Liseberg

14th April 2005

Almost thirty members of the European Coaster Club were already hanging around the departure area in Stansted Airport by the time I checked in for the 7:00am flight to Göteborg. It seemed like a large number of people for a single day trip to another country. Imagine my surprise, therefore, when this group ballooned all the way up to eighty people travelling to Sweden just for the opening of Kanonen, including one person who was mad enough to have made the trip there from the United States!

Göteborg City airport is unique among Ryanair destinations in that it is actually marginally closer to the city than the main international airport. It is, however, predominantly a general aviation facility, with Ryanair being the only commercial airline to use it. The terminal building is a testament to modern technology, with two check in desks and printed signs indicating the destinations of London-Stansted and Frankfurt-Hahn. There was a coach waiting for us when we landed, thanks to the generosity of Liseberg, and in due course we were outside the park. We had arrived some two hours before the park wanted us, and most of us spent that time in the local McDonalds getting breakfast. In the last five years I have eaten in McDonalds only twice, and oddly enough, both occasions were in this one in Göteborg. Go figure.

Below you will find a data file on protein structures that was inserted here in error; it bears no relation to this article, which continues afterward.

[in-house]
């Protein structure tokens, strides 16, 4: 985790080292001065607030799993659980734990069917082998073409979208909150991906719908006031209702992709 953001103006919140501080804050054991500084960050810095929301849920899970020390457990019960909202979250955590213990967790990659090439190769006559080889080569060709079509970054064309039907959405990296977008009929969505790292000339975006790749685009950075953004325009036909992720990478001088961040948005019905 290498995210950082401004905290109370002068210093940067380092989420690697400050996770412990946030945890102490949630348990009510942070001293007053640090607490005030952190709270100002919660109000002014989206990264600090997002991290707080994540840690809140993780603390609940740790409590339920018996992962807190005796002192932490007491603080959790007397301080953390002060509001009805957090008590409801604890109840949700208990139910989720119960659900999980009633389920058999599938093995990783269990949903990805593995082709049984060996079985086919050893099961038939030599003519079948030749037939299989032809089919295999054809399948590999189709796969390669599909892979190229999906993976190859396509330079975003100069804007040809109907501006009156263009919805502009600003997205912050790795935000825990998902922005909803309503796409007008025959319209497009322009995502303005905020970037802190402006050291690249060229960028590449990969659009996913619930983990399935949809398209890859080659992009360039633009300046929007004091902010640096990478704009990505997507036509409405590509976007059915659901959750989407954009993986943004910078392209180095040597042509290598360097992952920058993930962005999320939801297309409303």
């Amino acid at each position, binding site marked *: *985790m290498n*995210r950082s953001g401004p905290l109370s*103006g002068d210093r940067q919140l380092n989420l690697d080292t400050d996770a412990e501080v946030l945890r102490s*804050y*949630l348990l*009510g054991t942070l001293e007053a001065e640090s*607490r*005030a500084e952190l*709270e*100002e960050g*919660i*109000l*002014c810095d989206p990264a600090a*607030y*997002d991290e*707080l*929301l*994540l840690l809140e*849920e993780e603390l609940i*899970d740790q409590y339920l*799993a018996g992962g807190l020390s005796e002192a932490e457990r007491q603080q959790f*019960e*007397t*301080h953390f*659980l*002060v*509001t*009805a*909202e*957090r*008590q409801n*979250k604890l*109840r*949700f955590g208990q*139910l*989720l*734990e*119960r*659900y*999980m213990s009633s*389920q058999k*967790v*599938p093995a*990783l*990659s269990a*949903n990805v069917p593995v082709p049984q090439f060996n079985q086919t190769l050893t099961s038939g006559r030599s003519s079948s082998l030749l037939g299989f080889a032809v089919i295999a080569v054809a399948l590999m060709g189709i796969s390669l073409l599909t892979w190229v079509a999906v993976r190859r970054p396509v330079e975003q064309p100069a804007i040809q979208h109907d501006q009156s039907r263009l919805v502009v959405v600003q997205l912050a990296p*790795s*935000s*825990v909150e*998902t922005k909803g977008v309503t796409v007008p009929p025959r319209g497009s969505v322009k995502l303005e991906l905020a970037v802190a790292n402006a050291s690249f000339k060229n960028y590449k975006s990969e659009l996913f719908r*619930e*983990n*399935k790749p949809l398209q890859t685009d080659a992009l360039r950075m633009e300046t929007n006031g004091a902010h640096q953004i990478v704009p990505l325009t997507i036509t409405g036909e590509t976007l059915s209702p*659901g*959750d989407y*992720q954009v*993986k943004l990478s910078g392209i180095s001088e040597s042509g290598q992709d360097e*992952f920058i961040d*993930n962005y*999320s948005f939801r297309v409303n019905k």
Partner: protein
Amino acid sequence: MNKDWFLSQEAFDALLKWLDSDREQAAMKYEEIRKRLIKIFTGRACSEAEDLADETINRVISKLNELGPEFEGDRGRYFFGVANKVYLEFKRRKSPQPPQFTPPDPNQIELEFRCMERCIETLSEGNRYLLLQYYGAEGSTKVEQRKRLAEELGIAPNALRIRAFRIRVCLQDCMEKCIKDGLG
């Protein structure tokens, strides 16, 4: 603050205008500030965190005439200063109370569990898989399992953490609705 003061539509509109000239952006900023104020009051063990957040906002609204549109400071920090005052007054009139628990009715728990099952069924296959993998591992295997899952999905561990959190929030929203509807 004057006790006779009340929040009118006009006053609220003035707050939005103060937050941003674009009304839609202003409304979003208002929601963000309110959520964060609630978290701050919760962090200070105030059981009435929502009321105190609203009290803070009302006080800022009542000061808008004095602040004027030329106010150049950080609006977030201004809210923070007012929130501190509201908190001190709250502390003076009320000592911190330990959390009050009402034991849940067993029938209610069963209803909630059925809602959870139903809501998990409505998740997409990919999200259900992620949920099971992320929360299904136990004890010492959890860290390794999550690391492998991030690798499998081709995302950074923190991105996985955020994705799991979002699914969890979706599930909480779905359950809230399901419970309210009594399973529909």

On entering the park, we were provided with free beer for half an hour or so before being led over to Kanonen (#401). This is the second launched coaster from Intamin to open this year, the first being Rita at Alton Towers. Unlike Rita, which has an unusual design due to planning restrictions, Kanonen does feature the signature top-hat element. However, it is the smallest such element I have ever seen, topping out at around eighty feet, which looks a little odd. We watched a number of test launches in which the train appeared to only just make it over the top. With more than a little curiosity, I boarded the train.

Liseberg

The first thing you hear is an announcement, in Swedish but repeated in English, telling you to keep your head against the headrest. This is followed by the standard slight roll of the train, as seen on all the similar Intamin rides, accompanied in this case by a recording of a thumping heart beat. I feel very sorry for the ride operators working this ride; I was only there for an afternoon but even now, as I write this three days later, I still cannot get that announcement out of my head.

After seven heart beats, the launch system fires accompanied by the sound of a cannon exploding. Maybe it was an incorrect impression, but the launch here felt like the strongest of any of the Intamin launched rides I've tried (the others are Top Thrill Dragster, Xcelerator). The top speed, obviously, is much lower, but the actual acceleration feels extremely powerful, even if it only lasts for a second or so. On the other hand, if the launch was any longer, the train would go far too fast through the rest of the ride, so it's probably for the best.